My friend should of course listen to the NUS, who this year discussed the notion that as gay men are no longer oppressed, gay men’s representatives should be removed from the organisation.
A binary is drawn. One must support the NUS for the liberation of marginalised groups; everyone else just wants to oppress them. This is of course paradoxical because, for many NUS Sceptics, it suggests they are willing to oppress themselves.
If you are serious about liberation, you will know we cannot solve these issues in a single-track approach. You will not ignore such opinions held by my friend, which may well differ to your own. Though we mostly want the same ends, this will not always be through the same means.
Another objection was that “in a white capitalist cis hetero-patriarchy, you no platform certain individuals to take control back to marginalised groups”. Perhaps that is so; but then, how do you explain the attempts to no-platform Julie Bindel from the University of Manchester? A lesbian woman from a working class background, she has made no secret of how she has experienced difficulties throughout her life in relation to falling into these categories. Love her or loathe her, she has been an advocate for the most vulnerable women in society for many years through her campaign group Justice for Women. The same goes for Maryam Namazie, an advocate for migrant rights, who was initially banned from speaking at the University of Warwick. Taking a platform away from individuals like Bindel and Namazie is nothing to do with liberation – in fact, it falls in counter opposition to it. It instead entrenches the delusion that there is a correct opinion for a woman to have, a correct opinion for a lesbian to have; all who fall outside of that box are silenced.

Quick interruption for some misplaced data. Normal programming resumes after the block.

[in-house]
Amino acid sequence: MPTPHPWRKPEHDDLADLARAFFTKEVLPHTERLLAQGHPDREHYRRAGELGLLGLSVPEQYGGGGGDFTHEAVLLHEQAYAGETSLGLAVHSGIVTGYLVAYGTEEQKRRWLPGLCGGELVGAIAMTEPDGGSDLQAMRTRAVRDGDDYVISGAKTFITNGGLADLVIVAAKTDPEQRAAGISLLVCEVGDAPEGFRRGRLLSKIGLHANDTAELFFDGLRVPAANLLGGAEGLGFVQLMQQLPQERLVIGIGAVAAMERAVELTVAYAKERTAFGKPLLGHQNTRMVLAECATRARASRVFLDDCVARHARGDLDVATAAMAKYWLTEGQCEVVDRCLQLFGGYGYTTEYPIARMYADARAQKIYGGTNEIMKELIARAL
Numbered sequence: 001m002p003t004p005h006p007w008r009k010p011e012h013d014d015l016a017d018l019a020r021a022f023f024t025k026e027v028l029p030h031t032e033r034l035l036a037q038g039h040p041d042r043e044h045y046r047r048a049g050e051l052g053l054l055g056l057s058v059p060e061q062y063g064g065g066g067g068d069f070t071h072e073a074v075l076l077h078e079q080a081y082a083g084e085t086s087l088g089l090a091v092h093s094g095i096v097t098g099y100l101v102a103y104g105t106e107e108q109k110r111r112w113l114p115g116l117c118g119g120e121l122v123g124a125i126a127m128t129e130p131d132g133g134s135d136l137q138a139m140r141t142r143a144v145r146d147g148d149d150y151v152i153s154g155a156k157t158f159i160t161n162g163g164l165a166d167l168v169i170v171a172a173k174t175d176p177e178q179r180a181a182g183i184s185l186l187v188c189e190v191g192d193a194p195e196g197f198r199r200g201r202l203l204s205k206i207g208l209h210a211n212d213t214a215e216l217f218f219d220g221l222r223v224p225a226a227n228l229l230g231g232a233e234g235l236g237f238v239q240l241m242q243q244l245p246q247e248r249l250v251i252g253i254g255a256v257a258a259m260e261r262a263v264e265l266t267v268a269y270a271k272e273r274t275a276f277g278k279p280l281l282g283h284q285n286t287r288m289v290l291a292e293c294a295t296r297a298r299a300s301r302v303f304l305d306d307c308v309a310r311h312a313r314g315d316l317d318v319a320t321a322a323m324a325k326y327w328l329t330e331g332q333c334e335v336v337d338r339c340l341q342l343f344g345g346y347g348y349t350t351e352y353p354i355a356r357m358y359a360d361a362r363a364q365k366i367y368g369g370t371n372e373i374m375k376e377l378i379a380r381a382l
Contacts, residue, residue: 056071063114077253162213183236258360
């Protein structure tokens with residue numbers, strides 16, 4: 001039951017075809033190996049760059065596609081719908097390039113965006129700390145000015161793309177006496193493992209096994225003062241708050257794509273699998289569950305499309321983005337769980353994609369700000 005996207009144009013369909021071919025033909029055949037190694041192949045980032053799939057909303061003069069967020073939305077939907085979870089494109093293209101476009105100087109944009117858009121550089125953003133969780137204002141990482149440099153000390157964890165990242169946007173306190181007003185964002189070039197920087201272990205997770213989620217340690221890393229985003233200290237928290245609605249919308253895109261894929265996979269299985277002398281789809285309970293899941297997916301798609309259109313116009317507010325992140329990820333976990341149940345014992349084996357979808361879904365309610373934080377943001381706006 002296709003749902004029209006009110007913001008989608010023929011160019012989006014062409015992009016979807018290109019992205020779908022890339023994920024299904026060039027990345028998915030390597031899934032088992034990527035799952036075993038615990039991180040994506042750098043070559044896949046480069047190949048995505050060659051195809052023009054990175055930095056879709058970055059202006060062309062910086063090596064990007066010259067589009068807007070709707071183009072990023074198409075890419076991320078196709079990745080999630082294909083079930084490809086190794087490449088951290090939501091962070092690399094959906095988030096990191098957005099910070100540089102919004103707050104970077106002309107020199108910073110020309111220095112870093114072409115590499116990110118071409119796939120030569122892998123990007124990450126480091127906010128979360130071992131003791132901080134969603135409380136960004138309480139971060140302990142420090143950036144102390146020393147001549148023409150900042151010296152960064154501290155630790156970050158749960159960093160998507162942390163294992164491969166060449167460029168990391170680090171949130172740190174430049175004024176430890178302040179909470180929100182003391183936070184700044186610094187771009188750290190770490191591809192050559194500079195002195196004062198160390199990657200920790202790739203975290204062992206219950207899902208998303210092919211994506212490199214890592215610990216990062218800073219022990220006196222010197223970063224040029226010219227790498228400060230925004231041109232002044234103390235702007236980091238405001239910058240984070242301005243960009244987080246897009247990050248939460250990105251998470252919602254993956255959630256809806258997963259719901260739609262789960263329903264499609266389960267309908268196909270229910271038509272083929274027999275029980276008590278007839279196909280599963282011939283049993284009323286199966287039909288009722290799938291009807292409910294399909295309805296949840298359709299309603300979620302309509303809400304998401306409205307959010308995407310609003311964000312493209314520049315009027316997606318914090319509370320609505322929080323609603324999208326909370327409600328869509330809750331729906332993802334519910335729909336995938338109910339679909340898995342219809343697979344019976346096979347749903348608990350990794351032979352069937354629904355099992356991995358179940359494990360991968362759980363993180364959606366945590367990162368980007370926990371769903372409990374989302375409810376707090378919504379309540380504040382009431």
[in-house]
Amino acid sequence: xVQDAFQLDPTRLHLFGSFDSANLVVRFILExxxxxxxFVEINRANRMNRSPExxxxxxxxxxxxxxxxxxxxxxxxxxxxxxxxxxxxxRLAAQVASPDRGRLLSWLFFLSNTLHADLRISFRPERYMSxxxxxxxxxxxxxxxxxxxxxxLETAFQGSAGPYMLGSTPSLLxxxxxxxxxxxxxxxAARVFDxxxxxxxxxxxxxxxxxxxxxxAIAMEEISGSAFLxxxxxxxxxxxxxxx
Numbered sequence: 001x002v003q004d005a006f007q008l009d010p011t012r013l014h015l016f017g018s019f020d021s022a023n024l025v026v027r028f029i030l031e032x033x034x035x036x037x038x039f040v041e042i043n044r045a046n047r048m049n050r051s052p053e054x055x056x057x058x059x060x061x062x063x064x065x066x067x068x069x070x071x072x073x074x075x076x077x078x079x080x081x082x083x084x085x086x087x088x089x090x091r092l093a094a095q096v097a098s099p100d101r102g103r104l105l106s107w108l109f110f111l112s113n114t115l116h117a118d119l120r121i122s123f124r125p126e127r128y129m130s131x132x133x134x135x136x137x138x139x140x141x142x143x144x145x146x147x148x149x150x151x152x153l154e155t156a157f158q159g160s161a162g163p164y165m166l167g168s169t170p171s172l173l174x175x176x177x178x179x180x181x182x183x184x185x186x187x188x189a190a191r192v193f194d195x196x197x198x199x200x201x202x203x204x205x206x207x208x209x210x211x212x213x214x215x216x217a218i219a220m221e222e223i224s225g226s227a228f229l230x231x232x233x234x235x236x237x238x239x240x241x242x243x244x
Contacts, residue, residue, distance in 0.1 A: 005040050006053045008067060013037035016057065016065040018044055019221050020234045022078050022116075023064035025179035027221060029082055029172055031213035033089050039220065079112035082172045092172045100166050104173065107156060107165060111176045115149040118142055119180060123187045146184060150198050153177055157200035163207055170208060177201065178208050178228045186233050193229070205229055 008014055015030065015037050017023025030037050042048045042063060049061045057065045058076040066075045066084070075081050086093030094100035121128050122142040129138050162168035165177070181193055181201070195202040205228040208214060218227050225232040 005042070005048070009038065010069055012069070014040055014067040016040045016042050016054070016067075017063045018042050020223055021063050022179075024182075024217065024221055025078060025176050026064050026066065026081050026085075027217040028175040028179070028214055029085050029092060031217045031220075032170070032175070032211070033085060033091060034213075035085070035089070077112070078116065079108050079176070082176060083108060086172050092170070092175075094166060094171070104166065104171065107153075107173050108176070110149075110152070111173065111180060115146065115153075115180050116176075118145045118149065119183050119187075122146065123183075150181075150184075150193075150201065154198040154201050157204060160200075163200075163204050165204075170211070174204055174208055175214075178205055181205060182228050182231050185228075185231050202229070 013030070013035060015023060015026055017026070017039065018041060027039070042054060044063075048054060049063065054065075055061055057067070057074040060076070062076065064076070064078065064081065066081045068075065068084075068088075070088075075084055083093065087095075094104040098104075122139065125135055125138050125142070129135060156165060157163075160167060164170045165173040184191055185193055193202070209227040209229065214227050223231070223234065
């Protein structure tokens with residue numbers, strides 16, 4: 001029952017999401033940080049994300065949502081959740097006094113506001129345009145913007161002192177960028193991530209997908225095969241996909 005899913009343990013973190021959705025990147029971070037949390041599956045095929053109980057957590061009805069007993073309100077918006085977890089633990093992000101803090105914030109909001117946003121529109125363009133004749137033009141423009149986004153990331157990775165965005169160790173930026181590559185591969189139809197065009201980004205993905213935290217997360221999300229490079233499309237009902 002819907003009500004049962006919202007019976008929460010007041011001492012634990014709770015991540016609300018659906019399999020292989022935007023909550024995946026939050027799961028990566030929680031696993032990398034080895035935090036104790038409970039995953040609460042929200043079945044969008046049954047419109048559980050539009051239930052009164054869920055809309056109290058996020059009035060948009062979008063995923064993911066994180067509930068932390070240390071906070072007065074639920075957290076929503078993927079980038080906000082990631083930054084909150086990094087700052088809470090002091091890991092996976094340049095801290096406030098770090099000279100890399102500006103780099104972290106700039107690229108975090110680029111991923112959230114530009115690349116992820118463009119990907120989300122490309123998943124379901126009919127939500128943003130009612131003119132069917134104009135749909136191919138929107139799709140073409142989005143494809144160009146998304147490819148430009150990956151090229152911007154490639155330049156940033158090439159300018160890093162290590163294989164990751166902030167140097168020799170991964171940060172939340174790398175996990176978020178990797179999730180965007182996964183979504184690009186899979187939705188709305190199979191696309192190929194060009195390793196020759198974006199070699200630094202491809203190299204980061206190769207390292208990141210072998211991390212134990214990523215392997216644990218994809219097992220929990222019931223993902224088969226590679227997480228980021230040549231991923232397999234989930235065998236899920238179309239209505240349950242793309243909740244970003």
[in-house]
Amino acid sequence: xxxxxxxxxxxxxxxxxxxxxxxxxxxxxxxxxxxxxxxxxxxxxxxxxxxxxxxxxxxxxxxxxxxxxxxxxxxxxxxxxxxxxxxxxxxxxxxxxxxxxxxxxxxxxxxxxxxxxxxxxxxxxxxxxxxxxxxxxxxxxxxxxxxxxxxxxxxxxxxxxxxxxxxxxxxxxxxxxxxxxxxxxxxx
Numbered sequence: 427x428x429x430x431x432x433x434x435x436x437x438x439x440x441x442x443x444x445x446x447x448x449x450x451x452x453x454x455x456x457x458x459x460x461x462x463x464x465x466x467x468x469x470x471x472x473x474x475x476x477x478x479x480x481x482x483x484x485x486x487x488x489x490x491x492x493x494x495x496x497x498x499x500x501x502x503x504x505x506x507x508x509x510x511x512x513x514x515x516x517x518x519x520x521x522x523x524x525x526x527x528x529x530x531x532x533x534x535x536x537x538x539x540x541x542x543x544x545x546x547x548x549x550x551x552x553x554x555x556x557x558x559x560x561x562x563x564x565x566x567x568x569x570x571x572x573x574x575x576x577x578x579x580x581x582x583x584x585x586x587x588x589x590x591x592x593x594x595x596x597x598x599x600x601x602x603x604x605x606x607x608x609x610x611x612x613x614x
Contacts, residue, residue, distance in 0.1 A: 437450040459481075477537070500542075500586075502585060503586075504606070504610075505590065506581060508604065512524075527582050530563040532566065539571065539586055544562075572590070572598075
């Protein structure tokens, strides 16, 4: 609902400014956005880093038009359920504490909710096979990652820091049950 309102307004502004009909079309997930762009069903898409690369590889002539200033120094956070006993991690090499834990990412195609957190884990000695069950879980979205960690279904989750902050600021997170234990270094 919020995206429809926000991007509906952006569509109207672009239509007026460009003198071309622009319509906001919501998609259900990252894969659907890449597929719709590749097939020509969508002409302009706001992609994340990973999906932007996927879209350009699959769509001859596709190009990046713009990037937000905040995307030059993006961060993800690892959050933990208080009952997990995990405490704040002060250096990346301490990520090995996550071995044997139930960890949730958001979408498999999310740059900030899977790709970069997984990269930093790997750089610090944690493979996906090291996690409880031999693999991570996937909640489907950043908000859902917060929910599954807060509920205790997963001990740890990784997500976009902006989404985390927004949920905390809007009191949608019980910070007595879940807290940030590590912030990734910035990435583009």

Terms such as “diversity” and “liberation”, on face value, can be used as boxes that are easy to tick off as having been achieved. Yet, as Canadian-American comedian Steve Crowder recently said to screeching protesters at UMass: “the only kind of diversity you people don’t like is intellectual diversity”. We need to appreciate that liberation groups are a diverse set of individuals. They may be individuals we like, they may be individuals we loathe, but they are nonetheless individuals who have a right to equal hearing in debate.